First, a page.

Disney is having an amazing April

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7. "Avengers: Endgame": The Disney and Marvel film shot past "Avatar" to become the highest-grossing film ever. The film, starring Robert Downey Jr. and Chris Evans, made more than $2.789 billion worldwide by the end of July.

Disney’s awesome month is about to get even better.

In April, the company unveiled Disney+ to incredible fanfare and sent its stock soaring. Then it unleashed a new “Star Wars” trailer that lit up social media and showed that fans aren’t tired of the franchise just yet. And early ticket sales for “Avengers: Endgamealmost broke the internet as long queues formed on Fandango and AMC’s site crashed when fans flocked to it.

All of this happened before the month was even halfway over.

“Disney has been building to this perfect storm since its renaissance began in the mid-2000s,” Shawn Robbins, chief analyst at Boxoffice.com, told CNN Business. “The studio’s influence over cinema and media in general can’t be overstated at this point.”

On top of all that, Fandango reported on Thursday that “several thousand” showtimes for “Endgame” have already sold out — and the film’s North America opening isn’t until April 25.

Analysts say “Endgame” is on track to become the highest-grossing opening in box office history, beating the record set last year by its predecessor “Infinity War.”

“We have every reason to expect a new record at this point,” Robbins said.

Robbins added that north of $260 million is “on the table” but that “all projections should be kept in perspective because this is completely new territory.”

“Infinity War” opened to a record $258 million domestically and $640 million globally last April.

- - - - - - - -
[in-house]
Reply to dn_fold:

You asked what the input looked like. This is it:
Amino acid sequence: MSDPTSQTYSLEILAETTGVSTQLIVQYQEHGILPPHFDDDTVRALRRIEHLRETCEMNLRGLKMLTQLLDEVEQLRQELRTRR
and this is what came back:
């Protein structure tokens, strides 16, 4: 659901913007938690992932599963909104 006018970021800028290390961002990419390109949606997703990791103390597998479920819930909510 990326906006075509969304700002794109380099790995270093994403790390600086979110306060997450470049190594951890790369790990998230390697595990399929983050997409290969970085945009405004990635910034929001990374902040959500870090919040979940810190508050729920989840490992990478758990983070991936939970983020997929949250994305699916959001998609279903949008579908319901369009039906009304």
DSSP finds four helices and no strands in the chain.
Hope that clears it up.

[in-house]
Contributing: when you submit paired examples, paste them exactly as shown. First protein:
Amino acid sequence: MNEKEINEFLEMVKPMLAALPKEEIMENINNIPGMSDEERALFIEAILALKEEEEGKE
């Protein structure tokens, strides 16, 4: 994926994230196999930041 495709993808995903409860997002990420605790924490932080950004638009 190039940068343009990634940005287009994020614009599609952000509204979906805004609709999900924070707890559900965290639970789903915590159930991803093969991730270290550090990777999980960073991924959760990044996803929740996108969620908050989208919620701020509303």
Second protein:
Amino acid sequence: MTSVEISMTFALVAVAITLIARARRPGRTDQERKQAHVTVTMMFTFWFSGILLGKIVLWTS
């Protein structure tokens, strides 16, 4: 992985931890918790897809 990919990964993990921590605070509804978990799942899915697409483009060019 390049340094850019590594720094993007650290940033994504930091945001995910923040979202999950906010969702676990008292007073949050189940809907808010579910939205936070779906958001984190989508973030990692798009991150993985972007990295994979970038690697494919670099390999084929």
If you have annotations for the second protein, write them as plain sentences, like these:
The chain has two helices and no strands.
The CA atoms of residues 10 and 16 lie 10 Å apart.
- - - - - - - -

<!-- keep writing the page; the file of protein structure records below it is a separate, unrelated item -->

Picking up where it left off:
After “Endgame” finishes its theatrical run, it will eventually make its way to Disney+, where subscribers will be able to watch it and a spate of other new and existing content for $6.99 a month starting in November when the streaming platform launches.

At its investor day earlier this month, when it unveiled the features of Disney+, CEO Bob Iger and his executives reminded the world that Disney’s content will live exclusively on the platform, including multiple Marvel shows, an original “Star Wars” series called “The Mandalorian,” Pixar films and shorts, documentaries from National Geographic, and Disney animated classics.

The company’s stock surged more than 11% the day after the Disney+ announcement. It was the biggest gain the stock has had in a single day in nearly a decade.

“Whether by design, coincidence, or a combination of the two, the overlap of two major cinematic sagas coming to an end puts a strong exclamation point on the end of an era,” Robbins said. “Disney+ looks to play a major part in beginning the next one.”

And April is likely just one of many big months that Disney will have this year.

Its reboot of “The Lion King” opens in July, “Frozen 2” and Disney+ launch in November and “Rise of Skywalker” caps off the year in December.